Improved Decision-Making for Major Projects

The financial analysis of major projects is pivotal. Large projects carry substantial risks and implications for the company’s financial health. A well-constructed financial model illuminates these factors, identifying funding gaps and guiding leaders through the complex decision-making process necessary when embarking on significant projects.

Enhanced Reporting and Negotiations

The results derived from a well-crafted financial model streamline the preparation of board packs and underscore potential challenges in the upcoming months and years. When entering partnerships or negotiations with significant stakeholders, such as lenders, a financial model is invaluable during discussions as it offers a robust tool in dissecting terms of contracts, evaluating profitability, and provides reassurance, strengthening negotiations.

Sustainability and Corporate Responsibility

Financial models can also incorporate elements of sustainability by budgeting for green technologies and processes and projecting their long-term financial planning benefits. This approach aligns with corporate responsibility and the increasing importance of sustainable practices within the industry.


In the complex world of construction, financial modelling provides a strategic roadmap and a navigational aid in the ever-shifting industry. It delivers clear insights for strategic financial forecasting, sharpens construction financial analysis, and enhances the proficiency of financial decision-making in construction.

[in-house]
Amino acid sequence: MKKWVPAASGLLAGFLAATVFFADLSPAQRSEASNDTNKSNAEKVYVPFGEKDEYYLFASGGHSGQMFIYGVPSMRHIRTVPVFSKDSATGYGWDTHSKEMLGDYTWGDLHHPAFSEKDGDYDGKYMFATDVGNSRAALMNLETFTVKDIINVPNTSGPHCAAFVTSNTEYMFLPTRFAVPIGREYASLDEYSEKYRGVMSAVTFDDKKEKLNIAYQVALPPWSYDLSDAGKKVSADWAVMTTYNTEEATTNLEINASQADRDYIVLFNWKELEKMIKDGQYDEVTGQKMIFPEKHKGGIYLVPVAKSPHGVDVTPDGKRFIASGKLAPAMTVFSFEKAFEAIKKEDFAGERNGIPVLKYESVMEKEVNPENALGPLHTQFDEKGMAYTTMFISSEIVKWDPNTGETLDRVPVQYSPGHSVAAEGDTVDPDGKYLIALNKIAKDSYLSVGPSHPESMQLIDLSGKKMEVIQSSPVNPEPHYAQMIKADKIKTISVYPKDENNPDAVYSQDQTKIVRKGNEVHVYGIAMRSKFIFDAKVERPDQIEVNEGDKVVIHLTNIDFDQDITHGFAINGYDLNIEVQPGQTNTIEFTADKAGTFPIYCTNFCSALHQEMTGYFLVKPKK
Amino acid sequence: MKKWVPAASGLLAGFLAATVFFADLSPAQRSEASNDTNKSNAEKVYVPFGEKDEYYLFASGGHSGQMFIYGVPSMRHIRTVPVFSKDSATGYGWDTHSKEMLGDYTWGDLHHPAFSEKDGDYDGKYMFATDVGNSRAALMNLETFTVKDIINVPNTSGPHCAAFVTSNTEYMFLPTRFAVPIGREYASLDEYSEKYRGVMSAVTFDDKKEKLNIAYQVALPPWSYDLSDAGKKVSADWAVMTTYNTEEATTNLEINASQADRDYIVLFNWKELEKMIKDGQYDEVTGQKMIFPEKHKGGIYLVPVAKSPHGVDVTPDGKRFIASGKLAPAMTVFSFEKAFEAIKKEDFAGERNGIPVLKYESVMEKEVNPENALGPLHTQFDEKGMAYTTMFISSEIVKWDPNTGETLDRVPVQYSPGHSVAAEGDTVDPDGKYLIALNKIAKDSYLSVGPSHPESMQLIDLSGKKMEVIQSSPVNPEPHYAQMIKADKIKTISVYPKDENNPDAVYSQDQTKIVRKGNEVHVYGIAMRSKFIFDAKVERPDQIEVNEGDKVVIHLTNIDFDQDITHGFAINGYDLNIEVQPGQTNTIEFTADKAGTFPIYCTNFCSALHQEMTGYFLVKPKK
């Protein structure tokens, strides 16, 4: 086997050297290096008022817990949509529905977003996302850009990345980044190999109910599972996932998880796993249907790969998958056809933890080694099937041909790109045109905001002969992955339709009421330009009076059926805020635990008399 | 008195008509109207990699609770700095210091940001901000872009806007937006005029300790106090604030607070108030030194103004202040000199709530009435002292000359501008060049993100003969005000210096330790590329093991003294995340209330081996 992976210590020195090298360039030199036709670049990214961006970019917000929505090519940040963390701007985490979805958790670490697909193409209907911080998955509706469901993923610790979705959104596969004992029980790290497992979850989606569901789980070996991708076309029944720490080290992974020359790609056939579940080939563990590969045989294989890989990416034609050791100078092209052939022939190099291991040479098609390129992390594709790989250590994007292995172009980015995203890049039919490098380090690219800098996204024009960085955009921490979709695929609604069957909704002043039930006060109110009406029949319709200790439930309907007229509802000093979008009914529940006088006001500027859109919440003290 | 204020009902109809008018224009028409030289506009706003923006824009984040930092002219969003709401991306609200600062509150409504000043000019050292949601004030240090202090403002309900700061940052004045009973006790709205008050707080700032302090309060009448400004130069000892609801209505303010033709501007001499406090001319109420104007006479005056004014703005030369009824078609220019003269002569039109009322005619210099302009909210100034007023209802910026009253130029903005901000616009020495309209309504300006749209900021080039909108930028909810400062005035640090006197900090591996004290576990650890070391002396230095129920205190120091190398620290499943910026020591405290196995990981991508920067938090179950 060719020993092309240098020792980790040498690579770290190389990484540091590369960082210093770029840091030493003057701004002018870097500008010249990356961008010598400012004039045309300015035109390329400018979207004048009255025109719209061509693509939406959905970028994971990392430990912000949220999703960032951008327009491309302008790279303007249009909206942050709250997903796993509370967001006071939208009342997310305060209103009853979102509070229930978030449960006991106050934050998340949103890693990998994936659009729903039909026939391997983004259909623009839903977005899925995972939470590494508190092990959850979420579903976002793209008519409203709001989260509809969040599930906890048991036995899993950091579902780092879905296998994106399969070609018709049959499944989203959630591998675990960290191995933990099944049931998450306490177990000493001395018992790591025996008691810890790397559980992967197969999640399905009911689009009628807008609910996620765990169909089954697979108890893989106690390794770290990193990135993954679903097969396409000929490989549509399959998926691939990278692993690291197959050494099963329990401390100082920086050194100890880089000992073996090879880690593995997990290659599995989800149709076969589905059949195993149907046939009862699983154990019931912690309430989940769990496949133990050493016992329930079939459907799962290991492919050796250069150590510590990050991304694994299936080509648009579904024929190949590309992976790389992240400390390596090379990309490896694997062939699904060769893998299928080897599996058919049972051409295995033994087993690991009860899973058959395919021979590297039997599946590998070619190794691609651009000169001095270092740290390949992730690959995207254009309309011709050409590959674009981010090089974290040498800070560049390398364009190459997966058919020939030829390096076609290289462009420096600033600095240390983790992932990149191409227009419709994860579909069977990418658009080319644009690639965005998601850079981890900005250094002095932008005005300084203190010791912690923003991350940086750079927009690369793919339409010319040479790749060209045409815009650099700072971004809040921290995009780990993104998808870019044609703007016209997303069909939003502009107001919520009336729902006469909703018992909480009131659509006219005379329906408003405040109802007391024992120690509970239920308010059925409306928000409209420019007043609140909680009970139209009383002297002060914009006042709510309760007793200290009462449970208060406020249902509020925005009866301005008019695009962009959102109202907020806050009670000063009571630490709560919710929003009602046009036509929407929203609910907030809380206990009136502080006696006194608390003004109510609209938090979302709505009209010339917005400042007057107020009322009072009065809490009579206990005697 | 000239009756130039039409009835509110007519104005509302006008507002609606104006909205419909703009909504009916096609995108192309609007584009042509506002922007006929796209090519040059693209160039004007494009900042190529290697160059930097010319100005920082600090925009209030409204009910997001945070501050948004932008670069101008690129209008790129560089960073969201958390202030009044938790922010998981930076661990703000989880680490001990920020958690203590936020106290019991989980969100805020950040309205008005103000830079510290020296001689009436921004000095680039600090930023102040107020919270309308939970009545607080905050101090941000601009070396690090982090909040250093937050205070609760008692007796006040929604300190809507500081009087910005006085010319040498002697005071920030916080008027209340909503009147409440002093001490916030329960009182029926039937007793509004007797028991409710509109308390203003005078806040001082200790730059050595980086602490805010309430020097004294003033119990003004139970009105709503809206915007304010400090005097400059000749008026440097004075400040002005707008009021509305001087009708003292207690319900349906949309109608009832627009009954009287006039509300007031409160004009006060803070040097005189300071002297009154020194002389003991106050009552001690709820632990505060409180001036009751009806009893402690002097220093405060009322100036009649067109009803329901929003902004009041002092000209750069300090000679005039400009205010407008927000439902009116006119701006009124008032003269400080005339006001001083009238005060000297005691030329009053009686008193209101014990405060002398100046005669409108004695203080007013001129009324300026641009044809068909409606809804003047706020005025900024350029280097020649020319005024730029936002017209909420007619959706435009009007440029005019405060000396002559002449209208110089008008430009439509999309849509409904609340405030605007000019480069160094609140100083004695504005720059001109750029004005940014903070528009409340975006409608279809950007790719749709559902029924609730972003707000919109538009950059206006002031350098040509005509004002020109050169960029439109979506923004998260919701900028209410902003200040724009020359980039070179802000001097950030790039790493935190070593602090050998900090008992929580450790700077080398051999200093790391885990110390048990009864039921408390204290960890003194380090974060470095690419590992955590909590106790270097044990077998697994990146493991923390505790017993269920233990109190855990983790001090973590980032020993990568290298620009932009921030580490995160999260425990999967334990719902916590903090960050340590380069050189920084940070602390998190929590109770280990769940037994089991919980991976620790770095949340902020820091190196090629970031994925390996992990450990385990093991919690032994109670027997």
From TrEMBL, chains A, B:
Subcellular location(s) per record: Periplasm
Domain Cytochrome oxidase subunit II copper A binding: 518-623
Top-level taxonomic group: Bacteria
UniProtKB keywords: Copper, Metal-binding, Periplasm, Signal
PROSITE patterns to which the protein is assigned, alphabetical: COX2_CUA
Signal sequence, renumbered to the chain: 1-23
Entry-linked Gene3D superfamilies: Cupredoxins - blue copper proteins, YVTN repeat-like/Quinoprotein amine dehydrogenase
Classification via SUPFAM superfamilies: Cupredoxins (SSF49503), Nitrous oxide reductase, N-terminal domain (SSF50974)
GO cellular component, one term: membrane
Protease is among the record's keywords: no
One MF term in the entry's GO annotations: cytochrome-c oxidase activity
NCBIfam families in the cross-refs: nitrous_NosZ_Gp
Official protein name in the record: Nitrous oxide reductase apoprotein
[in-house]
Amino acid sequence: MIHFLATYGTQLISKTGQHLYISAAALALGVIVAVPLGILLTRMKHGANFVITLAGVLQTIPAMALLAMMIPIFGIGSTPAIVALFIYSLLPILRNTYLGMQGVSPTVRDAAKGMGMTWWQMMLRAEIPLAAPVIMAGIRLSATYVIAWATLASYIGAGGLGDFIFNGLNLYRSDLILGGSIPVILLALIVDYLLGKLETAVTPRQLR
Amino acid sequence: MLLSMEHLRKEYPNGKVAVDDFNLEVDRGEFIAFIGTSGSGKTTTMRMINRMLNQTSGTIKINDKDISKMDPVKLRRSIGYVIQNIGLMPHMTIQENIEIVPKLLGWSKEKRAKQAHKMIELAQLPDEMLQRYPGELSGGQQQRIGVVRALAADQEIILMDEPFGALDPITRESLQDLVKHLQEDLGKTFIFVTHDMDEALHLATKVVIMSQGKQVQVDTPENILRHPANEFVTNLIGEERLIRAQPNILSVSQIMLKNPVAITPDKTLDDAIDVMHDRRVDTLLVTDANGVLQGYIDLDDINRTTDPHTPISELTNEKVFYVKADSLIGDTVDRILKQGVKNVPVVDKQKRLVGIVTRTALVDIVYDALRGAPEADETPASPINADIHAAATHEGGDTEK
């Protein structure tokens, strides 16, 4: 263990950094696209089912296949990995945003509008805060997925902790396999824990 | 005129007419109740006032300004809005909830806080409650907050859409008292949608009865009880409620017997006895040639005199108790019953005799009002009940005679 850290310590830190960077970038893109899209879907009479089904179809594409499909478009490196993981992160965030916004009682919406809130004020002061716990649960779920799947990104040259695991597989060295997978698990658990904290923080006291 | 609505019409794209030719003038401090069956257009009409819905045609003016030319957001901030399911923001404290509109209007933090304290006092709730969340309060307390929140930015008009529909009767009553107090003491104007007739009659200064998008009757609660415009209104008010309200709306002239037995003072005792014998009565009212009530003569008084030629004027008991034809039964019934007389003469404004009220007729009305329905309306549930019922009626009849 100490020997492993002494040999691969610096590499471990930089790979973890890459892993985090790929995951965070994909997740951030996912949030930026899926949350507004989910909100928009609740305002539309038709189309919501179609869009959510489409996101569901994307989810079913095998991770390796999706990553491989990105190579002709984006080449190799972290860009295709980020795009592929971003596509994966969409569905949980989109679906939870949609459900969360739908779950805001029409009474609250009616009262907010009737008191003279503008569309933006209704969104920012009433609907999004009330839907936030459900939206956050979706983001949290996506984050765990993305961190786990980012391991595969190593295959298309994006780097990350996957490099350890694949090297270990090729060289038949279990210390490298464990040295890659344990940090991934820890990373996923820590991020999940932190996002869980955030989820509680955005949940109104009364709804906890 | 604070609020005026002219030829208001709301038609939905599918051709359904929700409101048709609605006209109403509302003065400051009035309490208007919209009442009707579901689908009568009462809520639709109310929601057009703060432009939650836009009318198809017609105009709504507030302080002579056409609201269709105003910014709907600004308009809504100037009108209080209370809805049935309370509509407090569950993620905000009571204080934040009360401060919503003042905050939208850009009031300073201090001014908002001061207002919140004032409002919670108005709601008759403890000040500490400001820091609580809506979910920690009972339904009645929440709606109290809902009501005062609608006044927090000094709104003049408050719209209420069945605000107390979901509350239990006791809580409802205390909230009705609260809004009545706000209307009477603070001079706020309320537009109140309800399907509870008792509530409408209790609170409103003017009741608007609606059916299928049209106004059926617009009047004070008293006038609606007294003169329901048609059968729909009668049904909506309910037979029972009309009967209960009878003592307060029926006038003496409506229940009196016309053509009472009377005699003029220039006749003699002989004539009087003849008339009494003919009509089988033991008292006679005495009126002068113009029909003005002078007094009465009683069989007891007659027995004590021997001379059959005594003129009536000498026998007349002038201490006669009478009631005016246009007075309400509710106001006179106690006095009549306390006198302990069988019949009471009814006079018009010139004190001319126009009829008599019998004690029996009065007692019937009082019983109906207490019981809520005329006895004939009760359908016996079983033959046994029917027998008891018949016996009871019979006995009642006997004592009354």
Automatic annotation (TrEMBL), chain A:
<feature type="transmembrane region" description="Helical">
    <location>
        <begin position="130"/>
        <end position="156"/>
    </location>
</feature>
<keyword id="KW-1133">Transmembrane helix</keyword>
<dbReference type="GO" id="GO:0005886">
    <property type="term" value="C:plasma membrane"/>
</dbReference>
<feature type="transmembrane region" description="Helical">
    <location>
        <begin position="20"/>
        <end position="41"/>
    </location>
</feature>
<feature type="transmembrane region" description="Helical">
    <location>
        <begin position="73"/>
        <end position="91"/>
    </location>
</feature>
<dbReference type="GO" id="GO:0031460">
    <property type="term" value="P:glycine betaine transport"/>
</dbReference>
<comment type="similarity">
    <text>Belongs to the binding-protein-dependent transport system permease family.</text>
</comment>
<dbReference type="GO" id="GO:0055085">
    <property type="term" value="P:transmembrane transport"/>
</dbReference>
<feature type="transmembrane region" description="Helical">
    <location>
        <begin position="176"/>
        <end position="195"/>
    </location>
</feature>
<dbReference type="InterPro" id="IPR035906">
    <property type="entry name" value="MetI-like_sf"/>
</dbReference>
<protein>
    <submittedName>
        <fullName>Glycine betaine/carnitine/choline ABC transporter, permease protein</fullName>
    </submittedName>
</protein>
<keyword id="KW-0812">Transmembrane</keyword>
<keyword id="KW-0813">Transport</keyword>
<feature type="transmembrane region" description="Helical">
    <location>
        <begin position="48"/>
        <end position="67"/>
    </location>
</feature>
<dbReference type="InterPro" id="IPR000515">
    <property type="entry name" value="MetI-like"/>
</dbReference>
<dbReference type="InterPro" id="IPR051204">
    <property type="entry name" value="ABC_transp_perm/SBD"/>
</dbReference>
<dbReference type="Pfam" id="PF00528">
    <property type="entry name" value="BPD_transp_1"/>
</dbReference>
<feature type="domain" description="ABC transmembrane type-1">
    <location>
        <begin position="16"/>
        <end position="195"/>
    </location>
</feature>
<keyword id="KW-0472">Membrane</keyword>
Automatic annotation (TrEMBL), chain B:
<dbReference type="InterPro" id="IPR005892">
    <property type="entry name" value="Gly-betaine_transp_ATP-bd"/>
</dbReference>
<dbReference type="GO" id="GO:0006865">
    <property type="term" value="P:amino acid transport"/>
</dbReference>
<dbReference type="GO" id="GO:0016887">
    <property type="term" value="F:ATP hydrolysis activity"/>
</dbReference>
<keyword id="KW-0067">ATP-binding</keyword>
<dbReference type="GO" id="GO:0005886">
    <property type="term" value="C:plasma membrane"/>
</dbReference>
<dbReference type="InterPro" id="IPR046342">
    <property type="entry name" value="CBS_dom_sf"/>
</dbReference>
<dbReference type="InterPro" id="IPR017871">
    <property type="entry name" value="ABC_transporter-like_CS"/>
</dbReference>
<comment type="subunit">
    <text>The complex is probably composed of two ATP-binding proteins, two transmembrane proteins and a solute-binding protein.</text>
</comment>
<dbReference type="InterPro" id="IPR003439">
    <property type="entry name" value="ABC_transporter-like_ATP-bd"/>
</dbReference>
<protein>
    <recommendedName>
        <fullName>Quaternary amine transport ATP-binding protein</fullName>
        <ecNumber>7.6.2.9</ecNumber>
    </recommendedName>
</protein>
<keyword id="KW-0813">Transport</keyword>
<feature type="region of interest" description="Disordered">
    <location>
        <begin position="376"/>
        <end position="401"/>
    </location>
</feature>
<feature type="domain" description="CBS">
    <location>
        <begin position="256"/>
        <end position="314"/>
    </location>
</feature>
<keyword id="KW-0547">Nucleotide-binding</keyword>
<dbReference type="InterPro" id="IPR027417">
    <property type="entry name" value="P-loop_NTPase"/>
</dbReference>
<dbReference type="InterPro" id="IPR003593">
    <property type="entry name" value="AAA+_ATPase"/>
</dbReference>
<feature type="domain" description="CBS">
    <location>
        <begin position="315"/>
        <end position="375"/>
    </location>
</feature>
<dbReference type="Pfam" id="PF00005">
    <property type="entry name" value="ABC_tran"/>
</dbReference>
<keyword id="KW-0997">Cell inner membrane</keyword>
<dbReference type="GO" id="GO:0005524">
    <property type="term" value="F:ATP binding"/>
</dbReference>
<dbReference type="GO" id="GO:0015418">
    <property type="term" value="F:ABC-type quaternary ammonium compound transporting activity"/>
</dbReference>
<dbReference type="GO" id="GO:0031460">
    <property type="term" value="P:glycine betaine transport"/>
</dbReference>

For those seeking to deepen their understanding of financial modelling, the Building Cost Information Service (BCIS) provided by the Royal Institution of Chartered Surveyors offers a rich array of resources and data, including benchmarking and cost analysis within the UK construction industry.

Construction businesses should prioritise the development and utilisation of robust financial models. The benefits outlined are clear. In collaboration with our Construction & Property experts, your business can construct a more robust financial foundation for the future.

If you have any queries about how to begin using financial modelling please do not hesitate to get in contact with Chris Thompson, or a member of our Construction & Property team.

How AAB can help you with

Corporate Finance

When you need comprehensive, dependable support at any stage of your business journey, our corporate finance team will provide practical and motivating advice to help you progress with confidence. Throughout the landmark events of your business lifecycle, our specialist corporate finance team will guide you with sound, proven advice. AAB corporate finance can help you through the good times of growth and maturity, and be ready to support you should you encounter challenges such as restructuring or litigation.

View our corporate finance service


  • Euan Middleton

Related services

Sign up for the latest industry insights

  1. Blog15th Jul 2020

    Key Considerations for M&A during COVID-19

    There is no hiding from the fact that the Scottish M&A market has been hit hard by the Covid-19 outbreak.  A staggering number of deals have been put on hold or shelved completely over the past 3 months, as both…

    By Chris Thompson

    View more
  2. Blog4th Apr 2020

    Coronavirus Business Interruption Loan Scheme (CBILS)

    *Updated 19 May* The Government announced changes to the Coronavirus Large Business Interruption Loan Scheme on 19 May, to include that larger businesses will benefit from loans up to the lower of 25% of turnover, or £200m. The changes are…

    By Chris Thompson

    View more